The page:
So exactly what kind of sound might stop a Mexican Grey Wolf from taking down a cow?
That's just one of the questions explored by the International Symposium on Electronic Arts. Albuquerque recently hosted ISEA,bringing top international artists for performances, lectures and art installations. It's the first time the event has been in the U.S. since 2006.
Exhibits created as part of ISEA will be here through early January at 516 ARTS and the Albuquerque Museum and many of the pieces tackle hot-button issues like water, climate change and the interactions between humans and nature.
Artist Marina Zurkow and collaborator Christie Leece take technology to a ridiculous extreme with "GIla 2.0: Warning Off the Wolf."
It includes a decorative collar that issues noises like gargling, elephants and singing cowboys. Zurkow is a New Yorker who did a residency in Silver City as part of ISEA. The piece at 516 ARTS proposes -- maybe -- arming cattle to fend off wolves. Zurkow says she tested the sounds out with a predator specialist in Utah.
"He said 'It's great. Just keep it really weird. As long as it's novel and unpredictable, animals don't get used to it and they actually can't stand human sound,'" she says.
The ISEA 2012 theme is “Machine Wilderness.” The idea is to re-envision how art, technology and nature can interact and riff off one another. It’s a perfect fit for New Mexico, says Andrea Polli, ISEA 2012’s artistic director. New Mexico has some of the most wild places in the country, she says, and some of the most advanced science as well.
"It's a perfect place for that clash and juxtaposition of nature and technology," Polli says.
Zurkow imagines a cow with body armor and leg guards that spray scents wolves hate, like citronella and human urine. An electronic cowbird perches on the bovine’s rump, ready to set off an alarm and warn ranchers of predators via Twitter.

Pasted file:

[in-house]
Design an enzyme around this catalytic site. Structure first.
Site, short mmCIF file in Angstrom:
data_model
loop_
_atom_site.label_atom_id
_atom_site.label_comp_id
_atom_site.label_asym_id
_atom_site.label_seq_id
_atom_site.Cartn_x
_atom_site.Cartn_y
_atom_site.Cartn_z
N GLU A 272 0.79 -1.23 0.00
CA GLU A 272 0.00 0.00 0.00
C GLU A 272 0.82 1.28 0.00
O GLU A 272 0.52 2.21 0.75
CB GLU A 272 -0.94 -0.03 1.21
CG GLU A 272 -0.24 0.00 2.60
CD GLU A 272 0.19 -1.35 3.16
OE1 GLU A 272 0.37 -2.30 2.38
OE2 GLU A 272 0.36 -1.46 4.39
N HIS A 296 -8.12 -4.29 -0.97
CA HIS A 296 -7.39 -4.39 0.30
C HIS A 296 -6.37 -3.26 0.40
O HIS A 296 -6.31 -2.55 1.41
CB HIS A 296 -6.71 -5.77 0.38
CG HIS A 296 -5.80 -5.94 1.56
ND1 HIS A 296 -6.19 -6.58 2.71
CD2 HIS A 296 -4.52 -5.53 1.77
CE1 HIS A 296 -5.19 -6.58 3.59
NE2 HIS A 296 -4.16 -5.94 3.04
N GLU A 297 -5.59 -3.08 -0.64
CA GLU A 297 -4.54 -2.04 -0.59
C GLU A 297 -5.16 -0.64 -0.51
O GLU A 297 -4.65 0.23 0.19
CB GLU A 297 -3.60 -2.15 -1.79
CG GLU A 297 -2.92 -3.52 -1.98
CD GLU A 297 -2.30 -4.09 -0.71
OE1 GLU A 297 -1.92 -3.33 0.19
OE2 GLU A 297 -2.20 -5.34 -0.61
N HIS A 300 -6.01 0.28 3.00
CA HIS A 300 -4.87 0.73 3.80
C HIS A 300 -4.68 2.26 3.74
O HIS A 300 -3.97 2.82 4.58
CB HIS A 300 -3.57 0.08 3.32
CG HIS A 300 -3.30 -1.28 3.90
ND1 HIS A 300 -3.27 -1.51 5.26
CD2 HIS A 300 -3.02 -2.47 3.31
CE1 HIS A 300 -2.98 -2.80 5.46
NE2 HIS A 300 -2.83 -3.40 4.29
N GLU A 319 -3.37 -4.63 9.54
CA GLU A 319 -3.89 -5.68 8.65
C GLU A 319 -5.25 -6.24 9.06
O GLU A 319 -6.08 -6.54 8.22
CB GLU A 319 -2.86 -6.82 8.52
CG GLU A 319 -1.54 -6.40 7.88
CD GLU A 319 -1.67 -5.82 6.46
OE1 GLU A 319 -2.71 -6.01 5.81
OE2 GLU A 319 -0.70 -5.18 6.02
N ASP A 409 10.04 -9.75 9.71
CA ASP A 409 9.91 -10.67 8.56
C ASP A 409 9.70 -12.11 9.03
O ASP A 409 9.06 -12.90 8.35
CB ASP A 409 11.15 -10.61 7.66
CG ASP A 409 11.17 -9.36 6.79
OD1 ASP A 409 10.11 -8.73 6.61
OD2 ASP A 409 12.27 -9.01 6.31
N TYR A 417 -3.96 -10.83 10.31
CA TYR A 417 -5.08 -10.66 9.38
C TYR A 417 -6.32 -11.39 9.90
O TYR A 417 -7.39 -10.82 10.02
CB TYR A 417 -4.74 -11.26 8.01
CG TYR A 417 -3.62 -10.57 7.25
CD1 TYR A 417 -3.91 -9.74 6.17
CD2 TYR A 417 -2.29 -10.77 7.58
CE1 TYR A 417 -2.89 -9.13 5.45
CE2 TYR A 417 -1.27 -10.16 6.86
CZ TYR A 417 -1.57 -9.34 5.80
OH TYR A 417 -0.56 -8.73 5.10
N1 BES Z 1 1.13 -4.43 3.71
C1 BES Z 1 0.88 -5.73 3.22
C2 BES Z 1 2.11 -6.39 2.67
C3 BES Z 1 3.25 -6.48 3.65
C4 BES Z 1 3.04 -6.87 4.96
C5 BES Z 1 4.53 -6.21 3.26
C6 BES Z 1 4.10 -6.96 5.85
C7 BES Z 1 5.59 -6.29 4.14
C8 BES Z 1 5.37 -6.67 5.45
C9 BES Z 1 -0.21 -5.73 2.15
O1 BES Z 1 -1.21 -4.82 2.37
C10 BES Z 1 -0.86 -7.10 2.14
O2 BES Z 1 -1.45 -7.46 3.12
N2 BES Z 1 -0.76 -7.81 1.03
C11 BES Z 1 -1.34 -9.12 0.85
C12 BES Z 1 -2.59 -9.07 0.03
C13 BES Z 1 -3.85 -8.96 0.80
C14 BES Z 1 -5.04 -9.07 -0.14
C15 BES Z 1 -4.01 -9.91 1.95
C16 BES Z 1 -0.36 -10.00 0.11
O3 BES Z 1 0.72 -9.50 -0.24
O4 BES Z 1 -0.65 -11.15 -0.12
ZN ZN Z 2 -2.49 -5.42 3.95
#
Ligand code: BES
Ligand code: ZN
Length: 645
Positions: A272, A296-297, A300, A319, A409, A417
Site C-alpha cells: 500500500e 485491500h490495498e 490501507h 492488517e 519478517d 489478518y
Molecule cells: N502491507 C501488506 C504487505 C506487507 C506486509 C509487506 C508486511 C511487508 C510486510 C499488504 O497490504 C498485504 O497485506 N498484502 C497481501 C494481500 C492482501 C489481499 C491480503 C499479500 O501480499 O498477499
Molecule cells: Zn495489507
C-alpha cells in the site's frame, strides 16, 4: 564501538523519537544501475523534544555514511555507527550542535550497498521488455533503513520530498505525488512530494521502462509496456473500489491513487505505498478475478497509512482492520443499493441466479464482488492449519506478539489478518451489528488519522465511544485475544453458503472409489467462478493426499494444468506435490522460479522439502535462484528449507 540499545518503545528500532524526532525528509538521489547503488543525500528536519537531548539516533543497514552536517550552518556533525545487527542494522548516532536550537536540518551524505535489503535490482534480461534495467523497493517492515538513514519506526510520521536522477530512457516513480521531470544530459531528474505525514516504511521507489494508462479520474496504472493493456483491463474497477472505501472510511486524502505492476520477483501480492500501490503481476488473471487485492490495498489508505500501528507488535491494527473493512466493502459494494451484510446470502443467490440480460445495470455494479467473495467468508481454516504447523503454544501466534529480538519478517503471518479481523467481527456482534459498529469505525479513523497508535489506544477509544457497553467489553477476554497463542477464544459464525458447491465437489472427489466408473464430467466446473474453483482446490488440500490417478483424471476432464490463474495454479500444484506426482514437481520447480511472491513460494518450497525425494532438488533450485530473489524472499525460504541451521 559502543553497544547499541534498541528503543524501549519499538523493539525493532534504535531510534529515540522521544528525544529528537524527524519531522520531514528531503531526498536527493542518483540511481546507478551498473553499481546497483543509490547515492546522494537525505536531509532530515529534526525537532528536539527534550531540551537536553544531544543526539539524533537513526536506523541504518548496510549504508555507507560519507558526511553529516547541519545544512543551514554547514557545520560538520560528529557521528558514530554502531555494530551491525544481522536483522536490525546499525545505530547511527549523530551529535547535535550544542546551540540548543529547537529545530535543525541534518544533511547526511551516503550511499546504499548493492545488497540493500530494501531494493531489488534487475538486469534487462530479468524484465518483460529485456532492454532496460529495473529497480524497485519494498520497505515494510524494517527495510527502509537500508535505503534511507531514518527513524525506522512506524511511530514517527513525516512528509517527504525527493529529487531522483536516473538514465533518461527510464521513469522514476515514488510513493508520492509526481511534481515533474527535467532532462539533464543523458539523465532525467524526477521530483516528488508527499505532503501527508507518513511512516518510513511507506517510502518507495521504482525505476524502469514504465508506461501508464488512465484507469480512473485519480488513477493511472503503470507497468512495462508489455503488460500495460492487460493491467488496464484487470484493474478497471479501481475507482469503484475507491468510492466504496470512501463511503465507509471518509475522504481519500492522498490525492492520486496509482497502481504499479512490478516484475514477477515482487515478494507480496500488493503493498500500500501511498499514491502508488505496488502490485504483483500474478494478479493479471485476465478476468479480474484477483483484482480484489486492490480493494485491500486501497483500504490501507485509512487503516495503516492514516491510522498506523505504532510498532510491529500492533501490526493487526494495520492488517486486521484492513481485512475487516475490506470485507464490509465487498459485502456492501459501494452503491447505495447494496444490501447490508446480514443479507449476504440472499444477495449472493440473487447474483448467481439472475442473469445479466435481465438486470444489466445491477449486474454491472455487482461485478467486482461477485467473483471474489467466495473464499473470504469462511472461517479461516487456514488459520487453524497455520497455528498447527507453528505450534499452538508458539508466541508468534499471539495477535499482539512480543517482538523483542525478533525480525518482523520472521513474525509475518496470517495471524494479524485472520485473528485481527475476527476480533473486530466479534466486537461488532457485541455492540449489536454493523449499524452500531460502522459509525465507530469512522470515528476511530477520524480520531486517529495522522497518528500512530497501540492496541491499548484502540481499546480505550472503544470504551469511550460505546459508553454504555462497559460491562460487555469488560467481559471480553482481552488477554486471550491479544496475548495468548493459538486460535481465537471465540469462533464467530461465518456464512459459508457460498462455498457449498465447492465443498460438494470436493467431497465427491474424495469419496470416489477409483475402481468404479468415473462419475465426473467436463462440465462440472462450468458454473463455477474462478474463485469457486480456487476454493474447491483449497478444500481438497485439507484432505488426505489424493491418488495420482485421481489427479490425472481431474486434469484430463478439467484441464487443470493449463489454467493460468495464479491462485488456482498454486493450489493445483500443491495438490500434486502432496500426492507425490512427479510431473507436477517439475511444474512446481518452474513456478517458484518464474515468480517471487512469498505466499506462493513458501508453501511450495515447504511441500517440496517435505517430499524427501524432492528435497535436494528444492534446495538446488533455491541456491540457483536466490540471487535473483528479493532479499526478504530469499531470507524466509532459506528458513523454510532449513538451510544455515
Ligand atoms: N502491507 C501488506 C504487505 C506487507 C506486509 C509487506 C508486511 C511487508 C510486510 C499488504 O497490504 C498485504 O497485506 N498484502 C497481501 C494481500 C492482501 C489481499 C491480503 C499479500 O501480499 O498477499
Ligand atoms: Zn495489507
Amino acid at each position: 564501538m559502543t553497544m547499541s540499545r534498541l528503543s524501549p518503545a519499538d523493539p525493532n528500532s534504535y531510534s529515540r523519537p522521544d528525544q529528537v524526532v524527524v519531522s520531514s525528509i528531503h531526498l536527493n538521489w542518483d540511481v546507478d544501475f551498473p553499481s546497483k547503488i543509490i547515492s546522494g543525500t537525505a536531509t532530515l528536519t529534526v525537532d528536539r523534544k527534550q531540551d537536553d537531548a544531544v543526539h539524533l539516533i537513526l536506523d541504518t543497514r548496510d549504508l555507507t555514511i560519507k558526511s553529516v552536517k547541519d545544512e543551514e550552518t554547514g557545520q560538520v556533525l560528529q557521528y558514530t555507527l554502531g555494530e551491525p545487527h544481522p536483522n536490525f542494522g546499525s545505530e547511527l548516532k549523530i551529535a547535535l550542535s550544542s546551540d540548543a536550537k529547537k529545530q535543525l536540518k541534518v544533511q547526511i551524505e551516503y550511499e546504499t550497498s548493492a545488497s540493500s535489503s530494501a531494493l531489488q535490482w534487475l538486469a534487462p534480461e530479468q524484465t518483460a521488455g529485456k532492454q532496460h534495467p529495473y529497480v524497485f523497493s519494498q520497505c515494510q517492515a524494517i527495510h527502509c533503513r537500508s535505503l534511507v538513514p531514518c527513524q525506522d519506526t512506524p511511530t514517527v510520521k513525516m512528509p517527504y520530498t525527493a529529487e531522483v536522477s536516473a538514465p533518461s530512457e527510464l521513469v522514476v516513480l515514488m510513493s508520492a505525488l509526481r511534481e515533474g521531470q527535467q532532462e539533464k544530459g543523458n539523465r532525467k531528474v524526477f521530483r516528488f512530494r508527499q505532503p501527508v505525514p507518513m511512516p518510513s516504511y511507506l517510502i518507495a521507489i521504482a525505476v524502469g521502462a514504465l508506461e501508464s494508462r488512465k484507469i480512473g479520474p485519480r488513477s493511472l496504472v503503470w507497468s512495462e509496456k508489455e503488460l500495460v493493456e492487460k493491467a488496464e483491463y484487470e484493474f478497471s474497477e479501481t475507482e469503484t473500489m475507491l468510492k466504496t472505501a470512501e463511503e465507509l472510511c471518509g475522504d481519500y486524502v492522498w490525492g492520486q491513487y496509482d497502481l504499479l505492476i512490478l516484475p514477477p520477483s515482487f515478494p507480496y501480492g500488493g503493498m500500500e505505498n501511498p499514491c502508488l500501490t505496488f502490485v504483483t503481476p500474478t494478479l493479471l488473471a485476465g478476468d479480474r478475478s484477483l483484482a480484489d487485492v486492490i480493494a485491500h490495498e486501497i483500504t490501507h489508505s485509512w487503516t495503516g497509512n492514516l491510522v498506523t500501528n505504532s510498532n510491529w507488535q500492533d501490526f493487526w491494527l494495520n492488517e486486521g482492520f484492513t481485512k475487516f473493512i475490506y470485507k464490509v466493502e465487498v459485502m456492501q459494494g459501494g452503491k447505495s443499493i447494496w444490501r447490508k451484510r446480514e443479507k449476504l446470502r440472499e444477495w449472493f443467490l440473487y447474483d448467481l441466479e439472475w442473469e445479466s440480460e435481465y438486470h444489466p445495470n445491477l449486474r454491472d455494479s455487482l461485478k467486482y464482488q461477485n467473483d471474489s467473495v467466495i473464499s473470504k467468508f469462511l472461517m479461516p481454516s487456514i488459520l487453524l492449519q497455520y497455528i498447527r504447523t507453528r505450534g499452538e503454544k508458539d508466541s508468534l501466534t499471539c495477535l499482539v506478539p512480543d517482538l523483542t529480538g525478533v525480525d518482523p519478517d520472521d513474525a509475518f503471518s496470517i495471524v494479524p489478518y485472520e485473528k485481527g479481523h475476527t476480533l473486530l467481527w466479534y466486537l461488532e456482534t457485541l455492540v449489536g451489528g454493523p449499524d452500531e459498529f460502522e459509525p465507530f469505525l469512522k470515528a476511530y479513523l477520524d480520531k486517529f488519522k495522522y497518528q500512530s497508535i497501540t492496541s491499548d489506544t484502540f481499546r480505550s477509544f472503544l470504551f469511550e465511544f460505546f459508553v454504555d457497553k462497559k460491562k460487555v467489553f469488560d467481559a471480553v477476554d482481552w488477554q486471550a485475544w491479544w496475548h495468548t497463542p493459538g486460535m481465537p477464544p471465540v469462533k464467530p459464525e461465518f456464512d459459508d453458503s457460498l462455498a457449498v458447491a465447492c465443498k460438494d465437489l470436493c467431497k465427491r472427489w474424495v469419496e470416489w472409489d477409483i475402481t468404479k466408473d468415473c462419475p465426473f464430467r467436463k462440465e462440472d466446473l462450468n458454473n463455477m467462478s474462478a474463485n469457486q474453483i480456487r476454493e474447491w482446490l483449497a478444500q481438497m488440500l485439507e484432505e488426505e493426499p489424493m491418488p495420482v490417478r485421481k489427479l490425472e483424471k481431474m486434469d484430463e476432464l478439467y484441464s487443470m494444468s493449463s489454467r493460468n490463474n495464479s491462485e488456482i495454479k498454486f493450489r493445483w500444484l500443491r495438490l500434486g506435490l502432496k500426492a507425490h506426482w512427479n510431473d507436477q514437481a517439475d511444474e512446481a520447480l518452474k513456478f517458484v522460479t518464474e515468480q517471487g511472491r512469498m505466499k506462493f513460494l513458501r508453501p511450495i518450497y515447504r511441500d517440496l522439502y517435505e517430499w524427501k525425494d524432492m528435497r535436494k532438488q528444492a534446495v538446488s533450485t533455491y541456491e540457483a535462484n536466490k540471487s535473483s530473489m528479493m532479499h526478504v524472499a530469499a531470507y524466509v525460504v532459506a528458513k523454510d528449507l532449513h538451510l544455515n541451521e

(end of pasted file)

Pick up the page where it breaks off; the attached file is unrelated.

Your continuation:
People have been experimenting with technology around the world to protect livestock. So is Zurkow serious? Maybe. Maybe not. But she says the questions underlying the piece are very real: What do public lands mean? Who gets to use them?
Other ISEA artists also use satire to tackle contentious issues. The Secret of Eternal Levitation operates like a video game where the uber wealth extract global resources. Step right up to the kiosk and create your own floating mansion. Stephanie Rothenberg based the idea on an island of lofty intellectuals in Gulliver’s Travels who couldn’t bother to support themselves by working, so they took what they needed.
Just use the joystick to start scooping up steel, lumber, water - oh, and workers, of course. A British woman with a creepy deadpan explains how the fictional La Puta Isles scours the earth for resources, including cheap labor.
"Due to recent shifts in U.S. immigration policy, our recruiters have identified qualified workers in the ara of Plaza Los Nogales in Nogales, Mexico, directly across from the U.S. Arizona border," she intones.
Just click a button an streams of the iconic male and female symbols are sucked upward into the waiting ship to build your dream mansion. Such techniques move visitors beyond passive museum experiences and Andrea Polli says that’s deliberate.
“It’s not just interactivity for interactivity’s sake in many of these pieces," she says. "It’s about getting us to think about our human impact.”
So there is a plant that spouts odd sounds in reaction to human movement, rushing toward people or skittering away as the enter 516 ARTS.
Birds blend with machines in several pieces. They react to visitors, cocking electronic heads or mechanical wings. Robots covered with bones and feathers are Frankenstein-like creations where microprocessors have resurrected birds into grotesque form. One avian corpse bears a sign asking people to talk to it and responds with a stream of nonsensical sounds.
Artists are good at upending the relationships between humans and nature, says Greg Esser. He’s the director of the Desert Initiative, a collaboration launched at ISEA of more than 30 cultural organizations, universities and public agencies in the Southwest.
“Artists are particularly trained in ways of critical thinking and creative thinking that directly challenge our assumptions and really push us to think or look at things in new ways," Esser says. "So I think they are uniquely positioned to help us find solutions that might be obvious but that no one has thought of yet.”
Considering how difficult it is to talk about issues like climate change or water, maybe artists like those in ISEA can foster new discussions about our collective future.